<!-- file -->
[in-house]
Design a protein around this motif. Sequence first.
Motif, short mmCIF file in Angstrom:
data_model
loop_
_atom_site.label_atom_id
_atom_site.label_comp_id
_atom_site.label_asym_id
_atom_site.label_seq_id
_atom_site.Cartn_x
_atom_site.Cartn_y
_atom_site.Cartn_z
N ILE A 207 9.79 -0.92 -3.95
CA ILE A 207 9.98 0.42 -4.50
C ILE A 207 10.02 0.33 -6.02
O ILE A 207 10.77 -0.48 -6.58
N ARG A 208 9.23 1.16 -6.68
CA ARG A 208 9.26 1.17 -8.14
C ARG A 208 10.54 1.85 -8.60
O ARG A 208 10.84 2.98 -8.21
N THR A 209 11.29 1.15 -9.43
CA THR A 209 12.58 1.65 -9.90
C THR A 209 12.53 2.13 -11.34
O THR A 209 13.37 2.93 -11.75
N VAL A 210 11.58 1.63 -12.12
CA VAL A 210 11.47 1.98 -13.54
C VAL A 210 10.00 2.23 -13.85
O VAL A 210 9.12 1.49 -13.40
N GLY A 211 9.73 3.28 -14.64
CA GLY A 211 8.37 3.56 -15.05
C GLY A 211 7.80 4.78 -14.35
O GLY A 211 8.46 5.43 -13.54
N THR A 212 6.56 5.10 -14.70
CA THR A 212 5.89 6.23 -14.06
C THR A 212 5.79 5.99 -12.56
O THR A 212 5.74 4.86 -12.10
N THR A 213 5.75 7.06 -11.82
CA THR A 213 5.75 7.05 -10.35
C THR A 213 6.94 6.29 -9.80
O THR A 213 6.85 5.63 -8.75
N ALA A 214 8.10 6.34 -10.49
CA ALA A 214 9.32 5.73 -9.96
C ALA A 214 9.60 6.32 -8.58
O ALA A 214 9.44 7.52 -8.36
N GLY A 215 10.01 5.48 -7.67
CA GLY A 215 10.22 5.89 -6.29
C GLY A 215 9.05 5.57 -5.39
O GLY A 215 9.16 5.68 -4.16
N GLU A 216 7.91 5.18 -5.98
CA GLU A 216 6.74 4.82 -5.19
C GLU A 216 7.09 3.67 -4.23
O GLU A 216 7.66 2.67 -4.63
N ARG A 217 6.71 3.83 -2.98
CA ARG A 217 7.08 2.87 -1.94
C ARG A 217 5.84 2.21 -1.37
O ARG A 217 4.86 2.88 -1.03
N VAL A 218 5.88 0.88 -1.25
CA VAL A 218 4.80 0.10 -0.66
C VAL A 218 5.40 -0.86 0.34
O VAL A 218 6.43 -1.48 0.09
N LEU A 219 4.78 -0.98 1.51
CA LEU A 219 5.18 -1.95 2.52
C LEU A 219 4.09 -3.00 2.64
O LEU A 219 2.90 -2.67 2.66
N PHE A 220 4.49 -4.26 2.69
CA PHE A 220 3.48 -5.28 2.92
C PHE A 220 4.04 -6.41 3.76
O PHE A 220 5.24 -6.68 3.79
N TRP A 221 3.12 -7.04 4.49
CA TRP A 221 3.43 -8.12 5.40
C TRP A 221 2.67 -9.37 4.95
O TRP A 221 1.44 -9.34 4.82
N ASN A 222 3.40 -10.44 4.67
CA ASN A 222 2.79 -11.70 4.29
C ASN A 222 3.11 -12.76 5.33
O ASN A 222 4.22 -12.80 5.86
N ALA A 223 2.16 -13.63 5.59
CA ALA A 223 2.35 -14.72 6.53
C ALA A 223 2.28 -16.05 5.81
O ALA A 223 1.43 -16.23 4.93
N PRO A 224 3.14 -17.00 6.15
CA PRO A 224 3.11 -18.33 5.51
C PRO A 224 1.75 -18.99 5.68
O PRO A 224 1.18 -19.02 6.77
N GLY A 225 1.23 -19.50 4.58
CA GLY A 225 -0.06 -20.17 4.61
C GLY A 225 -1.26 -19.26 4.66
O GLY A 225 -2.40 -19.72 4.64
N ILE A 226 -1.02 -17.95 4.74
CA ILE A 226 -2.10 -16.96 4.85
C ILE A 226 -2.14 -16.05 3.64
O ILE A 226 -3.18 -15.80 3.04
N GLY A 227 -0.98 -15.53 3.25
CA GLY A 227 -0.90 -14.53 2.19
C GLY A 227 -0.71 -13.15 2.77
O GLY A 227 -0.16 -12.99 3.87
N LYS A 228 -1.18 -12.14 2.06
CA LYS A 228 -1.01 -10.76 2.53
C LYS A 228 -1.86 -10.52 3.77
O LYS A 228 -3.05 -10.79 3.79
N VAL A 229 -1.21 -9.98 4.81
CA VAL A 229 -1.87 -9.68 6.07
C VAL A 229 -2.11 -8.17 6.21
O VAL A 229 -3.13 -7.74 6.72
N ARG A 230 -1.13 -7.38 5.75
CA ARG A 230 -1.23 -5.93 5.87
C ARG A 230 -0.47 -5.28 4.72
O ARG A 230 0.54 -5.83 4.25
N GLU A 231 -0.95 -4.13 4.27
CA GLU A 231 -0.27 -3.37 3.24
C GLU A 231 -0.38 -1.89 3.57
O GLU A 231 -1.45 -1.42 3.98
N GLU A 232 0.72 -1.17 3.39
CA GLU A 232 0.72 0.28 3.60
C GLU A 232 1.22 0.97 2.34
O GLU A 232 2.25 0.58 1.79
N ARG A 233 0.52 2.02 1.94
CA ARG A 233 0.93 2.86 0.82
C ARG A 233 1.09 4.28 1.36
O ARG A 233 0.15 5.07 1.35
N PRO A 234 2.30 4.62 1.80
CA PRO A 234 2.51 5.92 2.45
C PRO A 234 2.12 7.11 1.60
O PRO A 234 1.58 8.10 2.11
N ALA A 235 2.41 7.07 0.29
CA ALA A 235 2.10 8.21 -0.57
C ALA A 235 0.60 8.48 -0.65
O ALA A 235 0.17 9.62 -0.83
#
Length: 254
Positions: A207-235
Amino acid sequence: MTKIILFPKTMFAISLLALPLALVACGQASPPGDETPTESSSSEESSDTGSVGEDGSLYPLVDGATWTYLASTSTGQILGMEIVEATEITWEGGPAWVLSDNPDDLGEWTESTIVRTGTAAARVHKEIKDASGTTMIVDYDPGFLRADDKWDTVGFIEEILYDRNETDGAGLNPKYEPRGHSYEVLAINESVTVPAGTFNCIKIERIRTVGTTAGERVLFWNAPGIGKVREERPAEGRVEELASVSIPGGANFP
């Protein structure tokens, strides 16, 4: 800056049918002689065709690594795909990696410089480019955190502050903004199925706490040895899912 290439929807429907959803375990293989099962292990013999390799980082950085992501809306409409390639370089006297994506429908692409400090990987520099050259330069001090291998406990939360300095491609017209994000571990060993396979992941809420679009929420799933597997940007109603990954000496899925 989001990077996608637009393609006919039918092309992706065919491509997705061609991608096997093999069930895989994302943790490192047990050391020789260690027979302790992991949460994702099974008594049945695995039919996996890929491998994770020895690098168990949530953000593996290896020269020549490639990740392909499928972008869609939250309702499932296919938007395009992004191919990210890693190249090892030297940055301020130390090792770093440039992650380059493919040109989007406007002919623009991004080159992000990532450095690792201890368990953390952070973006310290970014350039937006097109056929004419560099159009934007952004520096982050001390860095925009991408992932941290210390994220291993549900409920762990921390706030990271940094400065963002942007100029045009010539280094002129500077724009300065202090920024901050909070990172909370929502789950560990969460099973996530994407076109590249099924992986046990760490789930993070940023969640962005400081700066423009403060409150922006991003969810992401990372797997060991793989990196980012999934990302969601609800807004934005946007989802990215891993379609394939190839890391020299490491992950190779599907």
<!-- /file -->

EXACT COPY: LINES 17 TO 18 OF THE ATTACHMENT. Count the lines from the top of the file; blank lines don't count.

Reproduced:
N ARG A 208 9.23 1.16 -6.68
CA ARG A 208 9.26 1.17 -8.14